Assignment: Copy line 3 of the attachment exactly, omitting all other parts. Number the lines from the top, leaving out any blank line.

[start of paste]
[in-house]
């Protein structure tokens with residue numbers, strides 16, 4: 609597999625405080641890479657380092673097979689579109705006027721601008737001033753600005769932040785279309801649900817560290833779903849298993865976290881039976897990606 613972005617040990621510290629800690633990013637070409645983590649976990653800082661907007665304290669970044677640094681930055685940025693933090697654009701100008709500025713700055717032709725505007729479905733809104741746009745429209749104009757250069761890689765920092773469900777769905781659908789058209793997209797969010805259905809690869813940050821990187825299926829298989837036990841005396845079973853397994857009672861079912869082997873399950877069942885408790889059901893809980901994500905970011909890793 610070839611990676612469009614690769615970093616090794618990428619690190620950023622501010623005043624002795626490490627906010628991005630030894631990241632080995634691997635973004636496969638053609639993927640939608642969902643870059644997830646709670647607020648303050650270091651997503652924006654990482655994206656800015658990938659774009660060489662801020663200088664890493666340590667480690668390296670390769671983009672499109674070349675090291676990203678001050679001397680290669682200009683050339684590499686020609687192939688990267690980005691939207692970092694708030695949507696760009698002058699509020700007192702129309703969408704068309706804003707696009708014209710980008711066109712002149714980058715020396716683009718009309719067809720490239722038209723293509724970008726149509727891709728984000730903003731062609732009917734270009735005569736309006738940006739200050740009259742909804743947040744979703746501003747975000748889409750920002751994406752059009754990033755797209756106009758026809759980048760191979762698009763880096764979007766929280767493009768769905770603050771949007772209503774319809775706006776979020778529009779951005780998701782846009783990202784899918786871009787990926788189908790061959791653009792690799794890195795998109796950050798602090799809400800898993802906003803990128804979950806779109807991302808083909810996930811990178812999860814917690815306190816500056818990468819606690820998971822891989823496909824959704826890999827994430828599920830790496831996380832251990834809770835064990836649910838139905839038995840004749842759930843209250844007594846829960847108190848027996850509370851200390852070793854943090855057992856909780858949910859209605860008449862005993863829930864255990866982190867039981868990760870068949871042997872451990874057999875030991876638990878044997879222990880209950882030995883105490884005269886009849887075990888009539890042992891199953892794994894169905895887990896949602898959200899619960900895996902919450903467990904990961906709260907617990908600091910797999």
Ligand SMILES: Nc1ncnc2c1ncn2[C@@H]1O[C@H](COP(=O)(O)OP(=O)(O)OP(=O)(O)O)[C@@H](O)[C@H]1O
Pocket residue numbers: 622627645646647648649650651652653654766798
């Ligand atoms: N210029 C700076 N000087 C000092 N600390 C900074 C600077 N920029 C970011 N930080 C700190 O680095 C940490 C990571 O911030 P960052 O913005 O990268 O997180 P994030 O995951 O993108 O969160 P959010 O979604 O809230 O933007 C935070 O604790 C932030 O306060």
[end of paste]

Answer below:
Ligand SMILES: Nc1ncnc2c1ncn2[C@@H]1O[C@H](COP(=O)(O)OP(=O)(O)OP(=O)(O)O)[C@@H](O)[C@H]1O